Certainly the first Swift boxes off the production line look the business. One can see the nautical heritage in the porthole-style entrances. All the fittings are stainless - as Len "does not do rust". For south-facing aspects, exposed to the sun, Len is producing a canopy to deflect the sun.

Each nesting chamber has dimensions; 300mm long; 200mm wide; 200mm high

The oval nest concaves are a novel idea, it will be interesting to see what Swifts make of them.

Boxes are available in 1, 2, 4, 6 and 8-chamber versions.

For further information and prices, download this leaflet 
Also visit www.impeckable.co.uk





Monday, 20 March 2017

A New colony box in Magrath Avenue

We first installed a 4-box cabinet, made by Bob Tonks on Helen Hodgson's house in Magrath Avenue, Cambridge in 2010. Helen already had one pair of Swifts nesting on top of the wall under her eaves, but despite playing attraction calls every year, by 2016, still no Swifts have occupied her boxes.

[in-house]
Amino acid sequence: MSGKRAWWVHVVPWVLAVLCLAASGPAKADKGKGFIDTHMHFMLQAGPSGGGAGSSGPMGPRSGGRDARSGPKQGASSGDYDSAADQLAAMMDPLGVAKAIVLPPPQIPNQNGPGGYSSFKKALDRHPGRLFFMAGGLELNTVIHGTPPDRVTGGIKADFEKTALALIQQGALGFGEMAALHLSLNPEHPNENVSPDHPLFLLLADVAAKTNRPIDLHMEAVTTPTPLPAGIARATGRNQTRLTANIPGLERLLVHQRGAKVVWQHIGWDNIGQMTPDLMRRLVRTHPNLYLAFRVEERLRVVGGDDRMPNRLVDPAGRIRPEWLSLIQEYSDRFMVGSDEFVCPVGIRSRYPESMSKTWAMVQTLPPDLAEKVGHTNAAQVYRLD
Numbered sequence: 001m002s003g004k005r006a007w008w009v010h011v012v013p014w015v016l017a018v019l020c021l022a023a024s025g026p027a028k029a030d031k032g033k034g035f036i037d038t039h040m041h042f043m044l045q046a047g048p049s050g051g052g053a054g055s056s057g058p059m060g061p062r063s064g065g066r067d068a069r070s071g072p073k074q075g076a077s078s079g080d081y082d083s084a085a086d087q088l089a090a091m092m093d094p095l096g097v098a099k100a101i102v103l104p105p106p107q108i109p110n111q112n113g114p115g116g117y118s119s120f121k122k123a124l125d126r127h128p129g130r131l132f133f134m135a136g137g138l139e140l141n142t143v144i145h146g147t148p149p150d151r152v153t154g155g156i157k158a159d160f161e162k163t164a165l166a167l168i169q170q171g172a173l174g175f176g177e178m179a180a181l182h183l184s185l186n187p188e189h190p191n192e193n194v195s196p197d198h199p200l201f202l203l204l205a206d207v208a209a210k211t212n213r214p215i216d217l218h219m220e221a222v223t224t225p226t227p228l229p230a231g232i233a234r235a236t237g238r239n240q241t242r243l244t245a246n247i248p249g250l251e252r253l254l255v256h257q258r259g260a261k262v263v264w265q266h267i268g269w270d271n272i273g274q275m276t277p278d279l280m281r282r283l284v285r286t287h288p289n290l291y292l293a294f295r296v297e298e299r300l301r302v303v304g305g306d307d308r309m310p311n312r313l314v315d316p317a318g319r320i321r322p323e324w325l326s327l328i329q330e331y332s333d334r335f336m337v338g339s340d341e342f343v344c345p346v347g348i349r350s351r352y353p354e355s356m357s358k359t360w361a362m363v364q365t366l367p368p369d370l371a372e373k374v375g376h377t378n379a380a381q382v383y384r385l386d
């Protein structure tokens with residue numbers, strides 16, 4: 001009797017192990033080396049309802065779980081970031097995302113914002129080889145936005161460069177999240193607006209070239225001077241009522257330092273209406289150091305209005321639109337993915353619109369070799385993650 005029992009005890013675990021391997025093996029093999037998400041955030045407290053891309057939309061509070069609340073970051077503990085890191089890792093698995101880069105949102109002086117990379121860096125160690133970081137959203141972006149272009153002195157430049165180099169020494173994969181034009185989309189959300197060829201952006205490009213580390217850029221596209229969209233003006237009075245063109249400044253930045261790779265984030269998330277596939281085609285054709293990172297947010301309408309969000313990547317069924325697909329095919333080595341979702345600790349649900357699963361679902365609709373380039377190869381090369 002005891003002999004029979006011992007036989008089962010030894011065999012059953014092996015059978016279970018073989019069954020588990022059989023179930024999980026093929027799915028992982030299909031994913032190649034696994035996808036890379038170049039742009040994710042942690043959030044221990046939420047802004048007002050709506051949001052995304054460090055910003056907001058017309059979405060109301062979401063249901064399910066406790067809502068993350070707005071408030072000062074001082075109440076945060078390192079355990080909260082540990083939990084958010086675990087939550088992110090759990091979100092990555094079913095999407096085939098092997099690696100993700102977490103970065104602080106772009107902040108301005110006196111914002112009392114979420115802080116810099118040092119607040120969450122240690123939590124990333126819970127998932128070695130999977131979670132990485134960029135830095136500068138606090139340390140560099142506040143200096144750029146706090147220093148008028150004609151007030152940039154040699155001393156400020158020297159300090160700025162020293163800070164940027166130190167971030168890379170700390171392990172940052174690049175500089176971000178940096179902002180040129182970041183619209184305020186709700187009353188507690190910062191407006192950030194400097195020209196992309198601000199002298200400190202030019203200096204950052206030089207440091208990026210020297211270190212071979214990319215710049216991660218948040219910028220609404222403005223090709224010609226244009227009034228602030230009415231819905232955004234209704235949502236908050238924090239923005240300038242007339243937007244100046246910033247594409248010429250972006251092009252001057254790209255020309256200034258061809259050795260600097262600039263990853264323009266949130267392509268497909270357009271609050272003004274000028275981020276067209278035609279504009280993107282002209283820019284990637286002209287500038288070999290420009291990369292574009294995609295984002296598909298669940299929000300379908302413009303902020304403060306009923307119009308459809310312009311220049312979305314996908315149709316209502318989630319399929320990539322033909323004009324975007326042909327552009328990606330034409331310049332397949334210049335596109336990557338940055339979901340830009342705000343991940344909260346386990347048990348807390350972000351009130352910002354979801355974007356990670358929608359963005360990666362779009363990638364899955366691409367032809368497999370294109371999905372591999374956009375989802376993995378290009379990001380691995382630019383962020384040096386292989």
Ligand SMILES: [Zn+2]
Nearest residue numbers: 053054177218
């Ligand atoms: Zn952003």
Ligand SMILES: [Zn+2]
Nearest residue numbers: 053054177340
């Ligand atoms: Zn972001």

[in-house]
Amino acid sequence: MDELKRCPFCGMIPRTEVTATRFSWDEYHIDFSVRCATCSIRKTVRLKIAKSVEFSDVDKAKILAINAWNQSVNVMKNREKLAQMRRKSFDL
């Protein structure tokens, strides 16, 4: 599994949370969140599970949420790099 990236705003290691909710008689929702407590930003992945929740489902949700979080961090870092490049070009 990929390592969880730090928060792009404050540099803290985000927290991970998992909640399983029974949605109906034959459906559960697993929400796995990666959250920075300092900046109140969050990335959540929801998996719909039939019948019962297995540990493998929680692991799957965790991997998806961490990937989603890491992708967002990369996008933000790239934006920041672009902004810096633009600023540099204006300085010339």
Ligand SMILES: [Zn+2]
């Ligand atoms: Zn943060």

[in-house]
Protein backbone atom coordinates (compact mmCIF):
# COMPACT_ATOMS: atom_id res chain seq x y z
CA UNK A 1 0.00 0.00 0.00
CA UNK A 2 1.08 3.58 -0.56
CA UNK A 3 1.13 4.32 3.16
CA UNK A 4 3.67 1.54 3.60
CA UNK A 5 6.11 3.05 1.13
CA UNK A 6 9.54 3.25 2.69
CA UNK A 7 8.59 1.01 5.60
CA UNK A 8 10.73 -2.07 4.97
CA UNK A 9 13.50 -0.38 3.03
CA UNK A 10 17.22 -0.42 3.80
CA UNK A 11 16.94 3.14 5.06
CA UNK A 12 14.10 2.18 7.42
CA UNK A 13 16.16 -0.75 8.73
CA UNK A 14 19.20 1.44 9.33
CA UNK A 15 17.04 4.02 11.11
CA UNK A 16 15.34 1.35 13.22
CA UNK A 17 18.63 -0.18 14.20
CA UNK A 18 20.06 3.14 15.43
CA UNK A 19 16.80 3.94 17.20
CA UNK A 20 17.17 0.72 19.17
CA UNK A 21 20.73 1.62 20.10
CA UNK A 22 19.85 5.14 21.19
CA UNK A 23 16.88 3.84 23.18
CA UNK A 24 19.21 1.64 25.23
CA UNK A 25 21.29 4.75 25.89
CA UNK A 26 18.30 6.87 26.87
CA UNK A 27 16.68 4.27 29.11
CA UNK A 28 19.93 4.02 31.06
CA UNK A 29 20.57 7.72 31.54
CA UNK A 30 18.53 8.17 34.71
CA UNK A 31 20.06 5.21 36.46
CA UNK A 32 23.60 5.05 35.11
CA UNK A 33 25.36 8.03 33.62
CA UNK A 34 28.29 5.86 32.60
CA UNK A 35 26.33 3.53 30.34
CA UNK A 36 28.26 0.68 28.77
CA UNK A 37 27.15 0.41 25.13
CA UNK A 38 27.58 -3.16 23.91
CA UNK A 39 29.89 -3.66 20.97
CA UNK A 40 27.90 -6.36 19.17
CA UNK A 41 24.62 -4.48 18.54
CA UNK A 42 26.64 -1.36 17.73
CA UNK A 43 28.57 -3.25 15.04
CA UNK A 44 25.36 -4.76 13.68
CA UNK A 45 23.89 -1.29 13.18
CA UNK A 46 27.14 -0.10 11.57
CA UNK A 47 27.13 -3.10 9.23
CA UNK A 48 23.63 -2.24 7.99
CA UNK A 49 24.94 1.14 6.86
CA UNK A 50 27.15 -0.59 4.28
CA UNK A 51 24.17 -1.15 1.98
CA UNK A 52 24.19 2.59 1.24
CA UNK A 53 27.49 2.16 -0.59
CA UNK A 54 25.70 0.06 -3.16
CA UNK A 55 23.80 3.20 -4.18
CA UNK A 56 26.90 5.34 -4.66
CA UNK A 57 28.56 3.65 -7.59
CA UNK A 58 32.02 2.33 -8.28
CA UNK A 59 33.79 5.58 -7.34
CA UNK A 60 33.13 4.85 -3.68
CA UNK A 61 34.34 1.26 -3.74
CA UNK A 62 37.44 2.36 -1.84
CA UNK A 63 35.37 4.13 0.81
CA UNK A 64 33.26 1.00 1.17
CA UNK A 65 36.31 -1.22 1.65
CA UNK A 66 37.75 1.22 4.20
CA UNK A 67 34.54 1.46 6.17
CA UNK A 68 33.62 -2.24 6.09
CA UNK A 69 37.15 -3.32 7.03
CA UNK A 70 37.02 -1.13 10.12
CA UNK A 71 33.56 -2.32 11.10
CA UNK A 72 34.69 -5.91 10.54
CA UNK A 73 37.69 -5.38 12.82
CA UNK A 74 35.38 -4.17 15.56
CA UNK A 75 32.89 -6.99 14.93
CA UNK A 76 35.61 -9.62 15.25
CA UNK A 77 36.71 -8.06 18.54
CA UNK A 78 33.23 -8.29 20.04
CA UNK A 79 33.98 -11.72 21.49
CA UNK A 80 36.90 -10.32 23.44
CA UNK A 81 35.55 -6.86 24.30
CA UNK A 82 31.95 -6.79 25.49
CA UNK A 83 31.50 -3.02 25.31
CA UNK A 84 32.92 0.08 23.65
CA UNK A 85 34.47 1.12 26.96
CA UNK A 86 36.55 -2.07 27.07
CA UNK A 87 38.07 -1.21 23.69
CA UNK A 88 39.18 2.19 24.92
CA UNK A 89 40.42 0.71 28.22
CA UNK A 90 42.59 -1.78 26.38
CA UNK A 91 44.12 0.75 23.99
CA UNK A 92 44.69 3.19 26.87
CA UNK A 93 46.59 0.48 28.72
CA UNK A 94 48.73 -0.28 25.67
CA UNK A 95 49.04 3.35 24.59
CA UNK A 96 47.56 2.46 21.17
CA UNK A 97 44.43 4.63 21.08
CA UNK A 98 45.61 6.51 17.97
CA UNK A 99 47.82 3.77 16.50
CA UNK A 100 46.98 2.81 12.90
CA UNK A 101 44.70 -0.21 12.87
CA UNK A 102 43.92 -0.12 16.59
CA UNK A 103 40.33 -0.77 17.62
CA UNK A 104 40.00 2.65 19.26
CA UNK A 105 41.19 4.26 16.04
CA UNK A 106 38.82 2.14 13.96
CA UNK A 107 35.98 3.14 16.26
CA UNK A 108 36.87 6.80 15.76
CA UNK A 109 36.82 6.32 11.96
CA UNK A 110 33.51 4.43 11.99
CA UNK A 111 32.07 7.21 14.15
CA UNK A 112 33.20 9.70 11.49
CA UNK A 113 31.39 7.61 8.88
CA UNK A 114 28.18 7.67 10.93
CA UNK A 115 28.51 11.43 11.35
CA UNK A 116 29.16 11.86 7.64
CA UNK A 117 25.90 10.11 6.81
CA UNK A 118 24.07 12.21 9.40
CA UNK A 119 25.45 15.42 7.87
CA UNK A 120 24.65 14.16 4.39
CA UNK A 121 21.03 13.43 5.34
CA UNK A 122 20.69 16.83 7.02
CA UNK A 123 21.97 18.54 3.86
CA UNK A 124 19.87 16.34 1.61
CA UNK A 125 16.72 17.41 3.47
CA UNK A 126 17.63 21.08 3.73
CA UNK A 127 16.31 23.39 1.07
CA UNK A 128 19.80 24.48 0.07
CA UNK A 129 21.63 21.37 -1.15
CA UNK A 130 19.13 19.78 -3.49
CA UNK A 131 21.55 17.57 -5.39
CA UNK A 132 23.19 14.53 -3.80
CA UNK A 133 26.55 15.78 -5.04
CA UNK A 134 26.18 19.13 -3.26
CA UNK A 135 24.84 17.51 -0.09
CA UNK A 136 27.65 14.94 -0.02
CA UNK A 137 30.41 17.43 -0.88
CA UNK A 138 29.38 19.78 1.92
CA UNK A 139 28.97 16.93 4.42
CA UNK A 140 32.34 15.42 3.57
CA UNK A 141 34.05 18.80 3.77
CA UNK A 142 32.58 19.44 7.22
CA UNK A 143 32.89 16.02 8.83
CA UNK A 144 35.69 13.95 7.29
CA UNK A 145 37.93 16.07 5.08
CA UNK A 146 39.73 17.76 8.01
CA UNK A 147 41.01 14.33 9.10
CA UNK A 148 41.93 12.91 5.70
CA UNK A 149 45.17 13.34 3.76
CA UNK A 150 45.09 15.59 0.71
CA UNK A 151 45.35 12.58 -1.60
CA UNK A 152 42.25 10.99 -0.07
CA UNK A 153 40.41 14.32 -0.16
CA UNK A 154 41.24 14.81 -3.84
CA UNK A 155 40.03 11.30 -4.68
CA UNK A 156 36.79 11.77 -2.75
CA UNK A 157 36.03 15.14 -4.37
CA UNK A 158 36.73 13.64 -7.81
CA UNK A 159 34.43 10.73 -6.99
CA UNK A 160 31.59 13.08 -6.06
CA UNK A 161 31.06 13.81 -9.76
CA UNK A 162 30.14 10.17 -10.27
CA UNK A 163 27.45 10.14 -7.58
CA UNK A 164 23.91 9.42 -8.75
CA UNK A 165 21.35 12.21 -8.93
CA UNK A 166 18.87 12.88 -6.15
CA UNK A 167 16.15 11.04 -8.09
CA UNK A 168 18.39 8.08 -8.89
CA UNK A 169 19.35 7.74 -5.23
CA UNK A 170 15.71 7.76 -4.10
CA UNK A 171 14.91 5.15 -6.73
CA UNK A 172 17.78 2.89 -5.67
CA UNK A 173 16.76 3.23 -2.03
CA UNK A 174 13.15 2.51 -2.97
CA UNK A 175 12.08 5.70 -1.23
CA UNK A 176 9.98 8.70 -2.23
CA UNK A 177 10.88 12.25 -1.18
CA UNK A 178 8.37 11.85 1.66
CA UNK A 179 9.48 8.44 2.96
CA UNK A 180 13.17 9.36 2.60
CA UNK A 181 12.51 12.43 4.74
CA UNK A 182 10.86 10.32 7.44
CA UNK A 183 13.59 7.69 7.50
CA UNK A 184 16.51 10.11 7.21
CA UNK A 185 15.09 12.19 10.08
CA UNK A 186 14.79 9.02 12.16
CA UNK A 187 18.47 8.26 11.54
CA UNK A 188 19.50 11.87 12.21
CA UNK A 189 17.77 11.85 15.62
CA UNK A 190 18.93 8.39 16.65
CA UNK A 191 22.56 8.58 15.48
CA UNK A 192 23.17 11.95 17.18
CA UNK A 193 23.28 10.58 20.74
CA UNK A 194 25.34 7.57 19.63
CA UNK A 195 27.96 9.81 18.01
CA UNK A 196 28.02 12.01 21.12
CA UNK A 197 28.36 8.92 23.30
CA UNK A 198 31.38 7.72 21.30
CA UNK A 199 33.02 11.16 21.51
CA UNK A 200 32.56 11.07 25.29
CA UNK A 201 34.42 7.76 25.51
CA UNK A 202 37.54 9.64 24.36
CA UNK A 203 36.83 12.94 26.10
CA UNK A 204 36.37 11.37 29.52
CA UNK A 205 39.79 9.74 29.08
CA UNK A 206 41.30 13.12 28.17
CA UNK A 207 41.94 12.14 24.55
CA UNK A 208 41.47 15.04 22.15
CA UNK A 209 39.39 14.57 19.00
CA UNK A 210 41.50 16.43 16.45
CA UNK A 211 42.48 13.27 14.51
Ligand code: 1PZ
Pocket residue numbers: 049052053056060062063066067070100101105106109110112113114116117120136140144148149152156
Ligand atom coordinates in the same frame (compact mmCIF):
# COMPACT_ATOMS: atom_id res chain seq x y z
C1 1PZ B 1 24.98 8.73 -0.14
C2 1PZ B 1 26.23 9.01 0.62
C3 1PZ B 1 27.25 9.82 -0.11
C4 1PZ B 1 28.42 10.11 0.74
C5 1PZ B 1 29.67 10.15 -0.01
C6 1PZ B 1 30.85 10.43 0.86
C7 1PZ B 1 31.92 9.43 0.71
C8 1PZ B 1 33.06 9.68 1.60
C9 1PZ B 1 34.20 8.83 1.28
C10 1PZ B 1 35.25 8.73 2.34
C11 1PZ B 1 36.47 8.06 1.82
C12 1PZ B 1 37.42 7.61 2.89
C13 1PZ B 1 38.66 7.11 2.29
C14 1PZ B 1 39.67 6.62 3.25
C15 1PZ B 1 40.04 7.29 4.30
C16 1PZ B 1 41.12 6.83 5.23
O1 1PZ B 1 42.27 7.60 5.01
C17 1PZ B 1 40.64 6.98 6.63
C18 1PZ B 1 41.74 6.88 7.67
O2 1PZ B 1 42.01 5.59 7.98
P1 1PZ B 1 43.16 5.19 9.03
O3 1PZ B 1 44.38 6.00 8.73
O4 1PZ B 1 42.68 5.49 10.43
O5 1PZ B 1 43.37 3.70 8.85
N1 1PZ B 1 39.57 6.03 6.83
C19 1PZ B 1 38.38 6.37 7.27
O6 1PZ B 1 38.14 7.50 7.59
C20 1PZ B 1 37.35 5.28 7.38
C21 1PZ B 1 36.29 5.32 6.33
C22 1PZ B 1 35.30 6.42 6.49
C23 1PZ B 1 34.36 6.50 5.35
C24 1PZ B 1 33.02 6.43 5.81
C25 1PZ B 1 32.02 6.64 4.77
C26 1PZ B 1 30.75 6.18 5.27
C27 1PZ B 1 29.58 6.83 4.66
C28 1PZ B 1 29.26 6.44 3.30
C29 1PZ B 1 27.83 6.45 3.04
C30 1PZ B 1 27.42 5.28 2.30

Click to enlarge
Few places are as stubborn as this. More recently we installed 3 Zeist-style boxes further along the eaves, but although attraction calls generate interest from the Swifts, they are as yet to become established in any of the boxes.

In 2010 there was a small tree in front of the house, which has now become a substantial tree. Trees in front of boxes tend to slow things down. Although the tree has been trimmed somewhat over the winter, one can imagine that it is still a disincentive for the swifts.

So, as a last resort, we have installed a 4-box cabinet facing out over Magdalene College. It faces the same direction as the eaves which contains the existing pair of Swifts.

The space between the drainage pipe and the end of the wall is 29cm, so enough to get a floor area of about 26cm x 20cm for each chamber. The headroom in each chamber is 15cm

The front of the box faces south east, so it is painted white to reflect the sun. The box is made of 12mm weatherproof plywood, and the roof is covered in 9mm PVC.

Grooves were cut below the entrances to provide some grip. This might assist the Swifts in gaining their first entry.

The picture left shows how it was constructed. There is a tweeter in the 2nd chamber up.

The cabinet is secured to the wall with anchor bolts which screw directly into the brickwork, without a rawlplug.